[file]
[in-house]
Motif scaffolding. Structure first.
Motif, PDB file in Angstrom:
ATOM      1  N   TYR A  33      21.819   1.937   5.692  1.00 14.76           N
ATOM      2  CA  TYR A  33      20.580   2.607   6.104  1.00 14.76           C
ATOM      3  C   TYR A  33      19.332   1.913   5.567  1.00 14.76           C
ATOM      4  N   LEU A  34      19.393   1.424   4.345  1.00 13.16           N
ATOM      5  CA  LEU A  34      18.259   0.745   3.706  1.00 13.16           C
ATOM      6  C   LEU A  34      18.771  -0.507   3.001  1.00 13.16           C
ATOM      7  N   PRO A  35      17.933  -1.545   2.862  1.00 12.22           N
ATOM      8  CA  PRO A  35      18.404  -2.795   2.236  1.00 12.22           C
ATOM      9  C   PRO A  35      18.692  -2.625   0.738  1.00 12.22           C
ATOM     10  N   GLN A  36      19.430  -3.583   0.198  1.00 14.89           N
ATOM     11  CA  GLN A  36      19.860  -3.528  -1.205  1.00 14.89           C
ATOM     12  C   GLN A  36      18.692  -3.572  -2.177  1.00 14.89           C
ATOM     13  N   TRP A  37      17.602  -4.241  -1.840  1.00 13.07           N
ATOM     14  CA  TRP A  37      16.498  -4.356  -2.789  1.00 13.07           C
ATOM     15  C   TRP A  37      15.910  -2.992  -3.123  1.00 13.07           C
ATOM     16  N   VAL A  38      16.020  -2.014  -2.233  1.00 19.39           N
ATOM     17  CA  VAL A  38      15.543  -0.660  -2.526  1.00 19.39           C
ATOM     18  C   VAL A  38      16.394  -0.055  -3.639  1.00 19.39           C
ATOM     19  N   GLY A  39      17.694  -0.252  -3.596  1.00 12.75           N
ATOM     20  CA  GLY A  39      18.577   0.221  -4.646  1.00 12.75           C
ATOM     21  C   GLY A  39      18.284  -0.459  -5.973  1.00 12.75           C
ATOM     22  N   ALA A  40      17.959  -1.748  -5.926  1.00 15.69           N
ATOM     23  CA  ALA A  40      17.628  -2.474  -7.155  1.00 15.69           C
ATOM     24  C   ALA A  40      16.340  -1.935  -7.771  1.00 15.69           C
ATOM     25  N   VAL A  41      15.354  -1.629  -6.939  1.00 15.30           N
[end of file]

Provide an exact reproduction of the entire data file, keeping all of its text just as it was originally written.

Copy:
[in-house]
Motif scaffolding. Structure first.
Motif, PDB file in Angstrom:
ATOM      1  N   TYR A  33      21.819   1.937   5.692  1.00 14.76           N
ATOM      2  CA  TYR A  33      20.580   2.607   6.104  1.00 14.76           C
ATOM      3  C   TYR A  33      19.332   1.913   5.567  1.00 14.76           C
ATOM      4  N   LEU A  34      19.393   1.424   4.345  1.00 13.16           N
ATOM      5  CA  LEU A  34      18.259   0.745   3.706  1.00 13.16           C
ATOM      6  C   LEU A  34      18.771  -0.507   3.001  1.00 13.16           C
ATOM      7  N   PRO A  35      17.933  -1.545   2.862  1.00 12.22           N
ATOM      8  CA  PRO A  35      18.404  -2.795   2.236  1.00 12.22           C
ATOM      9  C   PRO A  35      18.692  -2.625   0.738  1.00 12.22           C
ATOM     10  N   GLN A  36      19.430  -3.583   0.198  1.00 14.89           N
ATOM     11  CA  GLN A  36      19.860  -3.528  -1.205  1.00 14.89           C
ATOM     12  C   GLN A  36      18.692  -3.572  -2.177  1.00 14.89           C
ATOM     13  N   TRP A  37      17.602  -4.241  -1.840  1.00 13.07           N
ATOM     14  CA  TRP A  37      16.498  -4.356  -2.789  1.00 13.07           C
ATOM     15  C   TRP A  37      15.910  -2.992  -3.123  1.00 13.07           C
ATOM     16  N   VAL A  38      16.020  -2.014  -2.233  1.00 19.39           N
ATOM     17  CA  VAL A  38      15.543  -0.660  -2.526  1.00 19.39           C
ATOM     18  C   VAL A  38      16.394  -0.055  -3.639  1.00 19.39           C
ATOM     19  N   GLY A  39      17.694  -0.252  -3.596  1.00 12.75           N
ATOM     20  CA  GLY A  39      18.577   0.221  -4.646  1.00 12.75           C
ATOM     21  C   GLY A  39      18.284  -0.459  -5.973  1.00 12.75           C
ATOM     22  N   ALA A  40      17.959  -1.748  -5.926  1.00 15.69           N
ATOM     23  CA  ALA A  40      17.628  -2.474  -7.155  1.00 15.69           C
ATOM     24  C   ALA A  40      16.340  -1.935  -7.771  1.00 15.69           C
ATOM     25  N   VAL A  41      15.354  -1.629  -6.939  1.00 15.30           N